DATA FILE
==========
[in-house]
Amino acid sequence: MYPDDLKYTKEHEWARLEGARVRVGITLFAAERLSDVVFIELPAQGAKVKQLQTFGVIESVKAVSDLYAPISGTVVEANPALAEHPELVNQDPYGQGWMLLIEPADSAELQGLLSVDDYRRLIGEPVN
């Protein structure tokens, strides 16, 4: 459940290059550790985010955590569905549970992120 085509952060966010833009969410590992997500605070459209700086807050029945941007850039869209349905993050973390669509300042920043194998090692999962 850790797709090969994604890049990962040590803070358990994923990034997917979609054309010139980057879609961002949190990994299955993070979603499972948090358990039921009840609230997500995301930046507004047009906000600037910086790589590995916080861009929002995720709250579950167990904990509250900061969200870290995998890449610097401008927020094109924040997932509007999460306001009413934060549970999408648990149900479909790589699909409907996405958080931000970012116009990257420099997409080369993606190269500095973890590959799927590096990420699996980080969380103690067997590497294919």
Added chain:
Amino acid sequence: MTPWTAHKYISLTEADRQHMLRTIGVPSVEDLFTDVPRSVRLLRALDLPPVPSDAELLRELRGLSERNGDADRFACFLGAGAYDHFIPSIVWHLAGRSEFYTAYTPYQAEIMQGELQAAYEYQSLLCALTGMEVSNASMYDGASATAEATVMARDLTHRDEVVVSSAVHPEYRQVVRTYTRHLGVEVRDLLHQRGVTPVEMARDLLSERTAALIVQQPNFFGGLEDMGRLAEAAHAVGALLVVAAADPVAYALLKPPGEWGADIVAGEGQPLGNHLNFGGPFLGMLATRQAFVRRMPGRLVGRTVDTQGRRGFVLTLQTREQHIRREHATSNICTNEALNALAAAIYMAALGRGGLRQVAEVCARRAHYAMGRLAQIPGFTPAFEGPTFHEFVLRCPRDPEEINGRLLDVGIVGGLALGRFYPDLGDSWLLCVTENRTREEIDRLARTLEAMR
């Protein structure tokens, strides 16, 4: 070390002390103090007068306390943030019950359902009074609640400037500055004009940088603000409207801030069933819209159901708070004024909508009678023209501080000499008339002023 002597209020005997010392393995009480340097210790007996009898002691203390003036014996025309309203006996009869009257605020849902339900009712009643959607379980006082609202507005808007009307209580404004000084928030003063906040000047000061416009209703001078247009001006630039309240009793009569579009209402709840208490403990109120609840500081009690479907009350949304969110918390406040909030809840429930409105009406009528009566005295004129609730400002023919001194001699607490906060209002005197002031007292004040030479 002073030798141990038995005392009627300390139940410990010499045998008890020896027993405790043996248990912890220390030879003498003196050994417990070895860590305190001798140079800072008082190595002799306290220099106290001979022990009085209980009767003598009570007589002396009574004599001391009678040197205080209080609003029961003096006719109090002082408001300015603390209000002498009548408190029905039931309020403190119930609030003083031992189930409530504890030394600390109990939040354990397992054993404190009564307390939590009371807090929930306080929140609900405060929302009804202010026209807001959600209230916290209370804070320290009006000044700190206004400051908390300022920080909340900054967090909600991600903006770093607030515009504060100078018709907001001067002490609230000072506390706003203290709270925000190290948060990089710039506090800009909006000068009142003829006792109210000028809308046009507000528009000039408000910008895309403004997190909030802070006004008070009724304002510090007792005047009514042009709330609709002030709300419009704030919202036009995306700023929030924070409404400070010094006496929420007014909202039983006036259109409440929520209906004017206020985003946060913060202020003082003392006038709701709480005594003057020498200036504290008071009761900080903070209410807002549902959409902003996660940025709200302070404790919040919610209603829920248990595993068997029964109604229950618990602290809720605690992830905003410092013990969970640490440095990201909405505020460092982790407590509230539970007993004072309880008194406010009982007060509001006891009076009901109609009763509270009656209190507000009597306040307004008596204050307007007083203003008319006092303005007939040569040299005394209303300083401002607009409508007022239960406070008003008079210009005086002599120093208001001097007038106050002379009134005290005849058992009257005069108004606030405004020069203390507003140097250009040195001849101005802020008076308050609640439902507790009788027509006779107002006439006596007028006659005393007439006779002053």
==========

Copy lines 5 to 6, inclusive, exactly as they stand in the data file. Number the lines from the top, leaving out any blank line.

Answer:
Amino acid sequence: MTPWTAHKYISLTEADRQHMLRTIGVPSVEDLFTDVPRSVRLLRALDLPPVPSDAELLRELRGLSERNGDADRFACFLGAGAYDHFIPSIVWHLAGRSEFYTAYTPYQAEIMQGELQAAYEYQSLLCALTGMEVSNASMYDGASATAEATVMARDLTHRDEVVVSSAVHPEYRQVVRTYTRHLGVEVRDLLHQRGVTPVEMARDLLSERTAALIVQQPNFFGGLEDMGRLAEAAHAVGALLVVAAADPVAYALLKPPGEWGADIVAGEGQPLGNHLNFGGPFLGMLATRQAFVRRMPGRLVGRTVDTQGRRGFVLTLQTREQHIRREHATSNICTNEALNALAAAIYMAALGRGGLRQVAEVCARRAHYAMGRLAQIPGFTPAFEGPTFHEFVLRCPRDPEEINGRLLDVGIVGGLALGRFYPDLGDSWLLCVTENRTREEIDRLARTLEAMR
């Protein structure tokens, strides 16, 4: 070390002390103090007068306390943030019950359902009074609640400037500055004009940088603000409207801030069933819209159901708070004024909508009678023209501080000499008339002023 002597209020005997010392393995009480340097210790007996009898002691203390003036014996025309309203006996009869009257605020849902339900009712009643959607379980006082609202507005808007009307209580404004000084928030003063906040000047000061416009209703001078247009001006630039309240009793009569579009209402709840208490403990109120609840500081009690479907009350949304969110918390406040909030809840429930409105009406009528009566005295004129609730400002023919001194001699607490906060209002005197002031007292004040030479 002073030798141990038995005392009627300390139940410990010499045998008890020896027993405790043996248990912890220390030879003498003196050994417990070895860590305190001798140079800072008082190595002799306290220099106290001979022990009085209980009767003598009570007589002396009574004599001391009678040197205080209080609003029961003096006719109090002082408001300015603390209000002498009548408190029905039931309020403190119930609030003083031992189930409530504890030394600390109990939040354990397992054993404190009564307390939590009371807090929930306080929140609900405060929302009804202010026209807001959600209230916290209370804070320290009006000044700190206004400051908390300022920080909340900054967090909600991600903006770093607030515009504060100078018709907001001067002490609230000072506390706003203290709270925000190290948060990089710039506090800009909006000068009142003829006792109210000028809308046009507000528009000039408000910008895309403004997190909030802070006004008070009724304002510090007792005047009514042009709330609709002030709300419009704030919202036009995306700023929030924070409404400070010094006496929420007014909202039983006036259109409440929520209906004017206020985003946060913060202020003082003392006038709701709480005594003057020498200036504290008071009761900080903070209410807002549902959409902003996660940025709200302070404790919040919610209603829920248990595993068997029964109604229950618990602290809720605690992830905003410092013990969970640490440095990201909405505020460092982790407590509230539970007993004072309880008194406010009982007060509001006891009076009901109609009763509270009656209190507000009597306040307004008596204050307007007083203003008319006092303005007939040569040299005394209303300083401002607009409508007022239960406070008003008079210009005086002599120093208001001097007038106050002379009134005290005849058992009257005069108004606030405004020069203390507003140097250009040195001849101005802020008076308050609640439902507790009788027509006779107002006439006596007028006659005393007439006779002053």